I have the vanity of an artist: I want my work to be seen. But I don’t necessarily have to be seen.
David Hockney, Artist
Phil Crow ABIPP has over 30 years experience in photography. For the last 20 years he has worked as an industrial and editorial photographer for clients such as ALSTOM and Siemens, shooting stills and video at manufacturing facilities as well as customer sites throughout the world. He has worked for local and national film and theatre companies and also spent three years working with the world-famous ‘Red Arrows’ aircraft display team.
Phil has published a number of books: His first, Portraits in Power, was commissioned by ALSTOM to celebrate the millennium, while Who’s There For Me was produced with help from BITC and won the 2003 Sieff Award. Both projects were part of a one man exhibition “Double Exposure” at the Usher Gallery, Lincoln. 2010 saw Phil’s fifth publication launched- Lincoln Cathedral: A Journey from Past to Present.
‘Who’s There For Me?’ has its fair share of hard luck stories and tragedy but Crow’s sympathetic and detailed study shows how a little compassion can make a big difference to the life of another human being.
review, BJP (British Journal of Photography)
Phil also provides design, web and moving image to his clients: in the early 90’s he worked on a whole range of broadcast programmes from Spitting Image to Play Days!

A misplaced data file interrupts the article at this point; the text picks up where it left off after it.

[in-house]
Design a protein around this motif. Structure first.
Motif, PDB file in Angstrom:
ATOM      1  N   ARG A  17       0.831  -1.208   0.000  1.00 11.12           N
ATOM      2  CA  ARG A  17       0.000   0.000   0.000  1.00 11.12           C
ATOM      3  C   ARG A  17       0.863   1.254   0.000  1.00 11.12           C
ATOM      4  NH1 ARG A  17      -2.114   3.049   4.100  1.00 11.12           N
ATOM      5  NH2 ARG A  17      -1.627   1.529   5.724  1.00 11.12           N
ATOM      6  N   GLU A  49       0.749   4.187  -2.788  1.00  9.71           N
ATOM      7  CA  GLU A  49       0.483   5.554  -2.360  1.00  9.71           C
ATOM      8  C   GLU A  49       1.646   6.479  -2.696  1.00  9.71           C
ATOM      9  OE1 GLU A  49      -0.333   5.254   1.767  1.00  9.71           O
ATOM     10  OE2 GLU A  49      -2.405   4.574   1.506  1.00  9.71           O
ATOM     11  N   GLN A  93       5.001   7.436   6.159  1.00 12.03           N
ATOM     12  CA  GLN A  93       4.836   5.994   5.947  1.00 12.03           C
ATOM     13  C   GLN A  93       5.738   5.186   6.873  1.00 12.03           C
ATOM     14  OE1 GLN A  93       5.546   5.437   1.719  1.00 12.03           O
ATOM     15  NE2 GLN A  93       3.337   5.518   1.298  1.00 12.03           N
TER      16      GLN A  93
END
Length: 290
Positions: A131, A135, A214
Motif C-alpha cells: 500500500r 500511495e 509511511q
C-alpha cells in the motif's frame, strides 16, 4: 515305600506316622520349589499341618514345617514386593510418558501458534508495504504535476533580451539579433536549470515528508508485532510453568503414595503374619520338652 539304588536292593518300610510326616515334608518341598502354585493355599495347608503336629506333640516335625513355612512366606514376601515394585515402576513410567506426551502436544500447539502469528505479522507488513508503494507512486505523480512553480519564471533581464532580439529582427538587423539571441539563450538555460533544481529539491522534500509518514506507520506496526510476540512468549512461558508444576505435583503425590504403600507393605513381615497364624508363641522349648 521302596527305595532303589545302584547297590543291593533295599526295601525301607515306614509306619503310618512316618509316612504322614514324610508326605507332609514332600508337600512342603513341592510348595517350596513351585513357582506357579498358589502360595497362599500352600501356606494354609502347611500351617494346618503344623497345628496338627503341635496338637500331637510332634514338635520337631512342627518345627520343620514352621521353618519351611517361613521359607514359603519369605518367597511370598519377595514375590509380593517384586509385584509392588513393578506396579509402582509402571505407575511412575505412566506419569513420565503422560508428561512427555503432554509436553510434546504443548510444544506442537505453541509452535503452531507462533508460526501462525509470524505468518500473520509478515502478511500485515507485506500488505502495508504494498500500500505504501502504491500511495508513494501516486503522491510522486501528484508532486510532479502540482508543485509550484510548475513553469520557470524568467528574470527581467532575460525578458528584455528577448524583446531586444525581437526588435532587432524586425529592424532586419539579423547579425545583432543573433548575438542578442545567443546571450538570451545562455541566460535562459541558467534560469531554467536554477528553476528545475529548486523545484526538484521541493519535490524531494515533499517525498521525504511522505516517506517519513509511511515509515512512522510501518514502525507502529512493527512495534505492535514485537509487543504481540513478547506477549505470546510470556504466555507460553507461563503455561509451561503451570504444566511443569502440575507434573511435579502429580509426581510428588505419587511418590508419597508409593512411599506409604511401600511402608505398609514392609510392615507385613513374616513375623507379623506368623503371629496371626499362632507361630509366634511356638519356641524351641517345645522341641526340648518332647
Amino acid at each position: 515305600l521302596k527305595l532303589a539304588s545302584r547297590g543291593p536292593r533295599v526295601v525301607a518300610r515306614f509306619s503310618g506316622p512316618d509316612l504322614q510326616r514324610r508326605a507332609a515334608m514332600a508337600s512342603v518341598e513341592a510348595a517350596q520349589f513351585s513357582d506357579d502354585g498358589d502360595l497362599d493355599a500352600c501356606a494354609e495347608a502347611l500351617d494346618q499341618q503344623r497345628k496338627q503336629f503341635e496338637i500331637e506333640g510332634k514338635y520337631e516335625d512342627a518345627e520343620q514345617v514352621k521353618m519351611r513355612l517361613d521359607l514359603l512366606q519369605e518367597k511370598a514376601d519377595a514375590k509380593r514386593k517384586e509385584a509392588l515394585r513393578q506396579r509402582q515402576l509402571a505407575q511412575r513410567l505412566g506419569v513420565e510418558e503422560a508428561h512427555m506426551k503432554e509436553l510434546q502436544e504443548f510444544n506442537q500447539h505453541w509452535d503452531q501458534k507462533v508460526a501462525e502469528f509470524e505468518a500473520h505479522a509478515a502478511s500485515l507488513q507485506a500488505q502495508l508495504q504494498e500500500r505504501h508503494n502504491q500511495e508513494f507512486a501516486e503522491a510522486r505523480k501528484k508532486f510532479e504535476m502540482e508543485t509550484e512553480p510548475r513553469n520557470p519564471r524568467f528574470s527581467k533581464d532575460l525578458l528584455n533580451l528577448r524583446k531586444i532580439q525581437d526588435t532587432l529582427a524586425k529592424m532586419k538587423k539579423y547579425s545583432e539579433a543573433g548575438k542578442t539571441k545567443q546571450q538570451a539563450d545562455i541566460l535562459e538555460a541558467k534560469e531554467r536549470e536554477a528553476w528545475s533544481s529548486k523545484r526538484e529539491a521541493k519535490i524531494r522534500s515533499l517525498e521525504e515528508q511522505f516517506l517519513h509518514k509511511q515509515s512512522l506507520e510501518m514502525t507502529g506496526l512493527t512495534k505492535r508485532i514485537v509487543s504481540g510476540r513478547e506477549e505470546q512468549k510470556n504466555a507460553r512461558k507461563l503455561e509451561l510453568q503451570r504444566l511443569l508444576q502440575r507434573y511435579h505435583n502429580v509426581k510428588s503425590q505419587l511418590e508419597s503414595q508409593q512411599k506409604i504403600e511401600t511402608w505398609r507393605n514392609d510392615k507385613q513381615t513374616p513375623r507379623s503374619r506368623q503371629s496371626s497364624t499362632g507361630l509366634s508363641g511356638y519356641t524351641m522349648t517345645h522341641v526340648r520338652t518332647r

2013 saw Phil exhibit new work at The Angel Coffee House, sponsored by The University of Lincoln and local businesses. On Your Bike Lincoln was well received and was also displayed at David Lloyd Burton Waters and at The Collection. Phil has exhibited every year since as the official photographer to Lincoln Grand Prix Festival of Cycling weekend. Phil is also the founder and organiser of Lincoln Bike Night.
As a big fan of photography, I love your work.
Jenny Agutter, actress
In 2010 Phil had a routine operation. This went wrong and he was in hospital for 3 months: almost dying of sepsis, he spent 6 weeks in an Intensive Care Unit.
Since then, Phil has cycled, run and raised money for a variety of charities and is an ambassador to Sepsis and PTSD Awareness. In 2012 Phil was one of the 8000 Olympic Torchbearers, nominated for overcoming critical illness, raising money and being an inspiration within his community. Phil still does public speaking on the effects of sepsis and living with PTSD.